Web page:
A New Lease Of Life
Have you ever wondered what happens to old lock gates? - well sometimes they visit other parts of the system. It seems that the
lock gates from Weir Brake Lock on the River Avon which are now heading for the Wey and Arun canal were originally on the Thames.
The Society was able to take a stand at the Woking History Festival at the Peacock's Centre in February and displayed plans for the back-pumping of water on the Woodham Flight. Many people expressed interest in the scheme and had tales to tell of their past or present visits to the canal. It was noticeable, however, how few people knew of the problems water shortages have caused and many of those who walk regularly along sections of the canal were unaware that the locks had been closed for lengthy periods. Perhaps we are a little complacent in assuming that our cause is well known and maybe
we should all make an extra effort to talk
to a few new people every week to ensure that the message that the canal needs water if it is to survive is passed on.
Those of you who are active on and around the canal have ample opportunity to note things which may be of interest to other readers. We would be delighted to hear from you if you have any comments to make about sights and sounds along the canal. If putting pen to paper sounds like hard work a phone call is all that is needed. We would also be pleased to receive articles for publication either in our regular columns or as one-off features. If you have something you would like to write about do let us know.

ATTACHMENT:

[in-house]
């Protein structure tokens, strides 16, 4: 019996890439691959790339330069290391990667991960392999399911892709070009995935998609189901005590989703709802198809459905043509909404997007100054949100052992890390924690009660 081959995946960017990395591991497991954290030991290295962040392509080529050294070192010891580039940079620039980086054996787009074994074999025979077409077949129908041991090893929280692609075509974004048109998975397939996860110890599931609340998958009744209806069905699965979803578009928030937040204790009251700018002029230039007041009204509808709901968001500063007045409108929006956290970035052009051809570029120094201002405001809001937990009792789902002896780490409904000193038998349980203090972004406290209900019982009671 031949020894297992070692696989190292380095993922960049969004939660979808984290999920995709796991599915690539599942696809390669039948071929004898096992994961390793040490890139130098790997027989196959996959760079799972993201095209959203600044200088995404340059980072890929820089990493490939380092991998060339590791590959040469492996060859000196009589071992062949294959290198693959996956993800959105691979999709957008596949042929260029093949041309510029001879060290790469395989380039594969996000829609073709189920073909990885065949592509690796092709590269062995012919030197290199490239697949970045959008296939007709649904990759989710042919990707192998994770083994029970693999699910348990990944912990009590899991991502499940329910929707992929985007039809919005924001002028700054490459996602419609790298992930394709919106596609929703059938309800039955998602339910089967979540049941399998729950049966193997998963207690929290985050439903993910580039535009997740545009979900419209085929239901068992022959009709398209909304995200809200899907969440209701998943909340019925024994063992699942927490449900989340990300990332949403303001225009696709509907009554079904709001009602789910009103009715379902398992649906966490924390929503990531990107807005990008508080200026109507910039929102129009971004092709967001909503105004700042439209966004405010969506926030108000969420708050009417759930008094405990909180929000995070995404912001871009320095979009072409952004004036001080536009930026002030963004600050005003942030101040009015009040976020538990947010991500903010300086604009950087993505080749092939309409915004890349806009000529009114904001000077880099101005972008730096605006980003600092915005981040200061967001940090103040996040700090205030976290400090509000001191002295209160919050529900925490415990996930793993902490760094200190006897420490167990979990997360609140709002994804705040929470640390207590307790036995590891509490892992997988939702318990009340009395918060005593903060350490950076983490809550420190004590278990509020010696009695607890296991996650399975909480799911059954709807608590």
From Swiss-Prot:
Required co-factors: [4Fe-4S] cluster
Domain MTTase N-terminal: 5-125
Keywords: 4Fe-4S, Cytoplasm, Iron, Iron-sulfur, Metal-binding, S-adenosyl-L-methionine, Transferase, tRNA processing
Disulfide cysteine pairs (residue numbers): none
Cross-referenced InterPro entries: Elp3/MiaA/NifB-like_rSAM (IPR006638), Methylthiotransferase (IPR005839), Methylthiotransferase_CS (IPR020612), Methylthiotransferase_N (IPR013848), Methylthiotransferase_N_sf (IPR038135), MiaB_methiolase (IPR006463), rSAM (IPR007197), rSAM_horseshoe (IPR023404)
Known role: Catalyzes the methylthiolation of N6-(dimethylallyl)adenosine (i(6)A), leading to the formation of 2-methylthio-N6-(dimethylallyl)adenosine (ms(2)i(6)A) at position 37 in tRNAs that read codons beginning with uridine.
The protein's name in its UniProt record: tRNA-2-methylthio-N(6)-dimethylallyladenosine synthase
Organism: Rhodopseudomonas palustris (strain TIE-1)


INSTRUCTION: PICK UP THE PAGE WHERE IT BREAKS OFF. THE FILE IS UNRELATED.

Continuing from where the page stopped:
Charges for Cyclists
British Waterways are to introduce a permit system for cycling on the Kennet and Avon Canal from April
1st. A charge will be made and the money collected will be reinvested into towpaths and wardens to monitor the scheme. If successful the pilot scheme will be extended to other canals next year. No doubt the BCA will be watching with interest.
An Example To Follow
The backpumping system installed on the Kennet and Avon Caen Hill Flight has been so successful that from the end of March pre-booking will not be required. This will have a major impact on the working of the canal and is a fine example of the effectiveness of a back pumping system. With maximum effort from everyone our own back pumping scheme will soon be in place.
Boats and the Environment
It was good to see that the cover of Woking Council's Environmental Strategy for the 21st Century has a drawing of a narrowboat cruising a canal between houses and flowers with ducks on the water. Someone believes that boats are compatible with environmental conservation !
From the Basingstoke Canal to the Nile
A March visitor to the towpath in Woking was cyclist Peter Winfield who was training for a [310 mile] bike ride along the River Nile in aid of Mencap.
Award for Terry
Members who saw Terry Harrison's demonstration of painting at the 30th anniversary celebration in the autumn will no doubt support the Fine Art Trade Guild's choice of Terry as best 'Up and Coming' published artist of the year in their 1996 Business Awards. We would like to congratulate Terry and look forward to seeing more of his work.
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Further problems with the pump at Frimley have made it impractical to continue to use the original pump. The BCA are examining the various possibilities for replacing it and meanwhile the boating season has started with a hired pump in place.
Boats for the Handicapped